The fiancee and I went to Matsuwa for lunch. I thought I'd give a short report on my personal chow experience there.
On entering today (Saturday) there were samples galore to be had. Some were seasoning put on top of sticky rice. I'm not sure what the taste was supposed to be, I think it was some sort of fish/miso kind of thing. It was a little too something for my taste, but it was interesting. There were various drinks to be tried, I think most were some sort of milk based drink - coffees and sodas. There was also a guy giving out samples of a brand of Miso soup.
On to the chow.
Sushi - I did not partake in the sushi, but there was a "sushi buffet" today instead of the usual pre-made boxes. Each piece of sushi was wrapped in celophane. There was a set variety of sushi, nothing terribly unusual, but it all looked fresh. We watched as the people making the sushi put the sushi through a mechanical device which wrapped the sushi. The price was pretty reasonable - about a buck a piece.
There were boxes of rolls and the fiancee chose a vegetarian roll.
I went for the interesting curry shop next to the gellato place. It - I think - looked in some ways the least accesable. I remembered that someone mentioned it on the board and decided to give it a shot. I ordered the chicken terriaki with rice and curry. For $5.00, I got a lot of food: a huge mound of rice, chicken and the curry sauce which took up half the plate (but did not cover the chicken). The chicken was quite tender and flavorful. I could pick it apart with my chop-sticks. The curry was interesting - it was very brown, sweet (but not spicy). It was defintely curry, but not anything like a a curry I have had on Devon Ave. The whole dish was filling and quite good.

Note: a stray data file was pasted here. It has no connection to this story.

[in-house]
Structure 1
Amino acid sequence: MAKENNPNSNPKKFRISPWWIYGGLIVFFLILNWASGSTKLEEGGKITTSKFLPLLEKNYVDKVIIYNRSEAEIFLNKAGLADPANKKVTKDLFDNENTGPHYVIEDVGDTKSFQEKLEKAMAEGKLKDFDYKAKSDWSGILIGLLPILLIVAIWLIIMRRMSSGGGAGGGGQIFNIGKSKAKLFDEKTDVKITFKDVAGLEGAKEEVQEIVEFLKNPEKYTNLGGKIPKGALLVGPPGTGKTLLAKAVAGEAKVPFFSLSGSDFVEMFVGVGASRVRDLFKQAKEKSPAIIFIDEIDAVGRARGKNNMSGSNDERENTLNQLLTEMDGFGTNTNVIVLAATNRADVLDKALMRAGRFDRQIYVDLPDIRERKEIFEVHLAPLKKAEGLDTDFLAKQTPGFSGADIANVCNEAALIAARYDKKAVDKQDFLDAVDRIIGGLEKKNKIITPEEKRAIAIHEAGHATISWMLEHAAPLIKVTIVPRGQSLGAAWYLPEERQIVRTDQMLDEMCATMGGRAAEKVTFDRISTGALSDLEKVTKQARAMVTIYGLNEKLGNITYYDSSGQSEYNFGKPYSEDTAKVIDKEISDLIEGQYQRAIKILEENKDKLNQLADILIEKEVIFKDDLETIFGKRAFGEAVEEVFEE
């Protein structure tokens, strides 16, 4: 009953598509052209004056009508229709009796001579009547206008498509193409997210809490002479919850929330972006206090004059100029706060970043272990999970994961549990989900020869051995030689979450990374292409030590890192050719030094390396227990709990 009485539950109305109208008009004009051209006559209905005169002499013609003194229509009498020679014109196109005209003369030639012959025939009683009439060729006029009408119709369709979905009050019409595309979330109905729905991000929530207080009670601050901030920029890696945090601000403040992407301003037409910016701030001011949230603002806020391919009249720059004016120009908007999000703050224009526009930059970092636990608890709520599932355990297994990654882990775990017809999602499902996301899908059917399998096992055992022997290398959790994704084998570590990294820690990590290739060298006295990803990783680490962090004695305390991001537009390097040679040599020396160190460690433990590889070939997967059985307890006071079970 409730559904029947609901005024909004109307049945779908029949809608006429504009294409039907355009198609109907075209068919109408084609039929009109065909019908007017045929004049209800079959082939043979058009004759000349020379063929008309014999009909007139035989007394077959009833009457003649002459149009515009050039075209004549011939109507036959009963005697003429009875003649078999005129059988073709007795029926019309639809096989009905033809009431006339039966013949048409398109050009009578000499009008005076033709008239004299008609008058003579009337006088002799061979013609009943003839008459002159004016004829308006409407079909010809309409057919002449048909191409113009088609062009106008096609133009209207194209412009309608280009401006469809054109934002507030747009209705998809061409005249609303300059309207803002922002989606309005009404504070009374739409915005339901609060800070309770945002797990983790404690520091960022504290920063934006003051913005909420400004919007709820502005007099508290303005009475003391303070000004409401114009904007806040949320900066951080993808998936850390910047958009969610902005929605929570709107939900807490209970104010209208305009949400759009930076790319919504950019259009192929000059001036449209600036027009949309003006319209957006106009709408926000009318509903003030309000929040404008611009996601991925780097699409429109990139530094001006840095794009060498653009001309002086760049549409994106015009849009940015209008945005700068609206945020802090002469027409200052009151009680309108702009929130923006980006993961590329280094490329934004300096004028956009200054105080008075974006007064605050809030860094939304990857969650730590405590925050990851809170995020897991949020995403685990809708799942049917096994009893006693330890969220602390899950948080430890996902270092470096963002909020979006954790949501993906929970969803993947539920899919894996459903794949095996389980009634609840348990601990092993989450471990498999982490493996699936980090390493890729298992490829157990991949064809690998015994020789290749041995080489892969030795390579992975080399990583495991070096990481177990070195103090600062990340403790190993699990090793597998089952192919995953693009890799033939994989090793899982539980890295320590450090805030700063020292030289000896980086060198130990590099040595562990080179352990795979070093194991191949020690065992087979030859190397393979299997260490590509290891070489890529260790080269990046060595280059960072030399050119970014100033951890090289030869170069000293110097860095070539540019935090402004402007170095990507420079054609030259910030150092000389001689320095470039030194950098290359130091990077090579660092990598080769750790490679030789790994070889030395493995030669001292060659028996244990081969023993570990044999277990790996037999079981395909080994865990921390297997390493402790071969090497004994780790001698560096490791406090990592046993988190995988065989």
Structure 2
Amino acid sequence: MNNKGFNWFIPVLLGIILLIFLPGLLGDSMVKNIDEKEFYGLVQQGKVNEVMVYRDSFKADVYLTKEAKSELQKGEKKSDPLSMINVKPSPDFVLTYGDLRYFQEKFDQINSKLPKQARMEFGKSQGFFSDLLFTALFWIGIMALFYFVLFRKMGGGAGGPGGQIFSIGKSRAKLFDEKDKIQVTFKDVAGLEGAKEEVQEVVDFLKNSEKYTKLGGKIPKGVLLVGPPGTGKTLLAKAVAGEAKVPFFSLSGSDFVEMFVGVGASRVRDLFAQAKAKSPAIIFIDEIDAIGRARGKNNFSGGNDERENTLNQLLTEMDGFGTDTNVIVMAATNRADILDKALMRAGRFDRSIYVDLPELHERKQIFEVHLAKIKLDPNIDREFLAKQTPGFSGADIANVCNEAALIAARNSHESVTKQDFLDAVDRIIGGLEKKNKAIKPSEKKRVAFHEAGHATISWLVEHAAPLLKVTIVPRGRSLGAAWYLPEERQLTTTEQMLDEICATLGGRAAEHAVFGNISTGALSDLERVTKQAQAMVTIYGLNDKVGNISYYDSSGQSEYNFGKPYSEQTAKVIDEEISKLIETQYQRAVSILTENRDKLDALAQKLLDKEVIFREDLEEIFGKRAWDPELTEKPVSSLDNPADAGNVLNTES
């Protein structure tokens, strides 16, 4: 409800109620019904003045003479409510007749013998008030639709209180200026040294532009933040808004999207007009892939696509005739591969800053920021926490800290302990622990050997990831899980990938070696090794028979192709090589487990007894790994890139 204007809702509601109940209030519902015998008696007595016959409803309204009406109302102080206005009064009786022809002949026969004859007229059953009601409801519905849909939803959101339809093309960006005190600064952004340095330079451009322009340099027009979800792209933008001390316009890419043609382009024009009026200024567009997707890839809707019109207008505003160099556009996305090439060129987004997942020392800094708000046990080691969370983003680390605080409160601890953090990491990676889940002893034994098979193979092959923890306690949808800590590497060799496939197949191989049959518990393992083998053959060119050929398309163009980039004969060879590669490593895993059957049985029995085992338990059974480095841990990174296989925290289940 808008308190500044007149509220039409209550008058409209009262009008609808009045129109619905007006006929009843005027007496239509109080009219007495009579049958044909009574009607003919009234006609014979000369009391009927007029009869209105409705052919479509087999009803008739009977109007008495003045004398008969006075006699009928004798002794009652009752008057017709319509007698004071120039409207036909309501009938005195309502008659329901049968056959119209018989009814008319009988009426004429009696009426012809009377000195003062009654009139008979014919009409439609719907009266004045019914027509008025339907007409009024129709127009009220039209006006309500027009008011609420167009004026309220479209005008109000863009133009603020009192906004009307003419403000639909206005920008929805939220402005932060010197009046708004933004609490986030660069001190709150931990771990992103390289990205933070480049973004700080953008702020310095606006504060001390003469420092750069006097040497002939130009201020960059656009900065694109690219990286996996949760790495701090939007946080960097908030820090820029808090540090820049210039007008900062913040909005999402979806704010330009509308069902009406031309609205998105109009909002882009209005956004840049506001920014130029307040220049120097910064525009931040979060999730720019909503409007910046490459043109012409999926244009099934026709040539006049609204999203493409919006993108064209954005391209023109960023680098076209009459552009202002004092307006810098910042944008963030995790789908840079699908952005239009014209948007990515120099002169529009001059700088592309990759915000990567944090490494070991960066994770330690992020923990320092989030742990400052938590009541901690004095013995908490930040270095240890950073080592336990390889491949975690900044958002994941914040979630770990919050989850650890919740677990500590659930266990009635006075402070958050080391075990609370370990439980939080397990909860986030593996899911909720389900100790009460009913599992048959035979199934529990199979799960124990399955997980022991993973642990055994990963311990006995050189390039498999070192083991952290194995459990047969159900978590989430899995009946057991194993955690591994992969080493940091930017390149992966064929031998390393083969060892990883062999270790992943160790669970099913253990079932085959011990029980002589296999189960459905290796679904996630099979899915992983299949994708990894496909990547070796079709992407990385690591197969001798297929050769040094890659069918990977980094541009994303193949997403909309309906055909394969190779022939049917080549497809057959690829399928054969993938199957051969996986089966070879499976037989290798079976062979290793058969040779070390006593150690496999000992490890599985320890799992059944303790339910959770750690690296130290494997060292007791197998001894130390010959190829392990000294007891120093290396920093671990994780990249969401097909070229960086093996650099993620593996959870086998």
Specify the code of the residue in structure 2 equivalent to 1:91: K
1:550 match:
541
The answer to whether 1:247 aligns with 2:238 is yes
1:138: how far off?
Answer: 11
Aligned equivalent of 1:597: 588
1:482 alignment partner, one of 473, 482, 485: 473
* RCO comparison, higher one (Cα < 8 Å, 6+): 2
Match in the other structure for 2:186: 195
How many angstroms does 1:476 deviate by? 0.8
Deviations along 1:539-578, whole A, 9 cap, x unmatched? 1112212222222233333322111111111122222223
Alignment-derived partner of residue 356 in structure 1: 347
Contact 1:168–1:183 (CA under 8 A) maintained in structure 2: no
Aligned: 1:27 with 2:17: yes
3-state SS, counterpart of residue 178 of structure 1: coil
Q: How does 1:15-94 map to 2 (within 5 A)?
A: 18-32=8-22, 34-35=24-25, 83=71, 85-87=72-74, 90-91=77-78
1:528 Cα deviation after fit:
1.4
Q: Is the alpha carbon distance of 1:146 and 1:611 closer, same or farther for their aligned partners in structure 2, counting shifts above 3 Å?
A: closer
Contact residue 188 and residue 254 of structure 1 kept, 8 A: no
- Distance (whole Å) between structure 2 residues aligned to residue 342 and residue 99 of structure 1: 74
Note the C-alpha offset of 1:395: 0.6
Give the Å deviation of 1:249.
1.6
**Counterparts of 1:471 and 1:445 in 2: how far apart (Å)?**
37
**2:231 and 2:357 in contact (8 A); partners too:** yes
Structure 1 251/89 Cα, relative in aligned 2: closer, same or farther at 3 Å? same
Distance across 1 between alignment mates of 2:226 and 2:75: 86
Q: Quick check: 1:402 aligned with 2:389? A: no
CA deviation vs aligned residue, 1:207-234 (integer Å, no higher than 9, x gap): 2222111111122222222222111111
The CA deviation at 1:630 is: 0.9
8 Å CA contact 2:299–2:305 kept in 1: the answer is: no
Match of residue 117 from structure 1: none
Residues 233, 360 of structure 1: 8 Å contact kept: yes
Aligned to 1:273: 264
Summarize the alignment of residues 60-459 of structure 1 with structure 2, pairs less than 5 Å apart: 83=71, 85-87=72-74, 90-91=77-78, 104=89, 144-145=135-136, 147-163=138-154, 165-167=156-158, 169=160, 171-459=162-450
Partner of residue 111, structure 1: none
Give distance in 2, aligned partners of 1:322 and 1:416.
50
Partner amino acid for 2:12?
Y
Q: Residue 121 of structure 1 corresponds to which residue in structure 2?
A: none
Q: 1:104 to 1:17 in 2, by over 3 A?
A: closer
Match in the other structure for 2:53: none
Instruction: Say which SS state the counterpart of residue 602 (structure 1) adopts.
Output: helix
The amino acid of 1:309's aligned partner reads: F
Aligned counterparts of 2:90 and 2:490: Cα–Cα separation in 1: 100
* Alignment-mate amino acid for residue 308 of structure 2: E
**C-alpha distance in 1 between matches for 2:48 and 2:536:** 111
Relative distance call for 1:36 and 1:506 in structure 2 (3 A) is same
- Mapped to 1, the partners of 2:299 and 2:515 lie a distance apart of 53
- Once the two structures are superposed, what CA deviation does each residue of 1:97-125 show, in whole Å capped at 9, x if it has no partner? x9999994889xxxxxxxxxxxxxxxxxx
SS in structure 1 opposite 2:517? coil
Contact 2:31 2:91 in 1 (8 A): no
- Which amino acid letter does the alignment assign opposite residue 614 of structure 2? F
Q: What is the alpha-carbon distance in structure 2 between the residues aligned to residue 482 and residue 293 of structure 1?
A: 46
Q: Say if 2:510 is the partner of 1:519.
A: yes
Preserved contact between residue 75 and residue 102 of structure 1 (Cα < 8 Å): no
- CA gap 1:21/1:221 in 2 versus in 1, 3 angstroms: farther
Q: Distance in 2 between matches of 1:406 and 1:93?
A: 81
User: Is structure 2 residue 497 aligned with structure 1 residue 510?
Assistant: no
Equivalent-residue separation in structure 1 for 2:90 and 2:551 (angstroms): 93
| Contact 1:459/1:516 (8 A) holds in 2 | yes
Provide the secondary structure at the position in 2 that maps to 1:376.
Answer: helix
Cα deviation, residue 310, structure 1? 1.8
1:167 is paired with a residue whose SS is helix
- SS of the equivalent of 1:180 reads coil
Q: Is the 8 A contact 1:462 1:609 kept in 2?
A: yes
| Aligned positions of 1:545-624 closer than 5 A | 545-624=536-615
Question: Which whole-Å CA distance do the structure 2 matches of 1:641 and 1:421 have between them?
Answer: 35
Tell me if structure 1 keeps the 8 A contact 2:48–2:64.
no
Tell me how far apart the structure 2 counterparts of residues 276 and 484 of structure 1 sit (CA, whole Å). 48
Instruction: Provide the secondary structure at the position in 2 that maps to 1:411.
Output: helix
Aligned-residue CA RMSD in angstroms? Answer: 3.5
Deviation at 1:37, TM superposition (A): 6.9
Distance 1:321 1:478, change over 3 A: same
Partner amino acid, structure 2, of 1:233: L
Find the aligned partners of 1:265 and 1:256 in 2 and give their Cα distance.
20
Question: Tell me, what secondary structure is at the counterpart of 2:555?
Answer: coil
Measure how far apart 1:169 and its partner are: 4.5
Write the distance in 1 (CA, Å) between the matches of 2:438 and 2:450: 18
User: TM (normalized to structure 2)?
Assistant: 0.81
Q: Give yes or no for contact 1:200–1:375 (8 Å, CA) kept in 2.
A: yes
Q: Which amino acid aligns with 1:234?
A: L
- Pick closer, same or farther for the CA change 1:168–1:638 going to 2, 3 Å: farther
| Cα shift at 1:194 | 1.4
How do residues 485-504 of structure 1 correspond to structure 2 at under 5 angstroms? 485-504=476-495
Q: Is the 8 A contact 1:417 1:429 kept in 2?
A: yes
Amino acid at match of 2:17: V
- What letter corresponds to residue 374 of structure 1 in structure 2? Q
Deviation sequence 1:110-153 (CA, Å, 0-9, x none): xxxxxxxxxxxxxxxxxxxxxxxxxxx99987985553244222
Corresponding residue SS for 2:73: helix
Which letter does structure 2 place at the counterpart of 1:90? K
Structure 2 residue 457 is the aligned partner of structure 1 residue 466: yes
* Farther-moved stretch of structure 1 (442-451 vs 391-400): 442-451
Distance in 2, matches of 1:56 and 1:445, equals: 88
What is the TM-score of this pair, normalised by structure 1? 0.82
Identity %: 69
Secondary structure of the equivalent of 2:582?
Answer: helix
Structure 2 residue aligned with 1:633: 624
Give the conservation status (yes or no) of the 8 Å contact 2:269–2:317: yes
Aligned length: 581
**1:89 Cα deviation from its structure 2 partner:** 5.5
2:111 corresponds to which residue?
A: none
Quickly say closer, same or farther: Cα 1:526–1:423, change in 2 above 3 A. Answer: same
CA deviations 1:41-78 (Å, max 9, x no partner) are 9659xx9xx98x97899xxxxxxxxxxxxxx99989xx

The Fiancee went to the Korean place at the other end of the food court. My experience there was of being kind of rushed in my decision of what to get. I felt that the people there were quite pushy. She was not enamoured of her choice which was a spicy chicken dish.
We didn't get anything else, but I was stuffed. We wandered through the grocery store - although we really had did not have a need to purchase anything.
The most interesting thing I saw at the grocery store was a demonstration of a mochi machine. Mochi, as understand it, is (was) made through time consuming manual labor. Now, there is a machine which allows one to make mochi (is that the correct spelling), in an automated and time-saving manner.
Unfortunately we didn't have time to look at the independant shops, but I always like to look at the book store when I have time.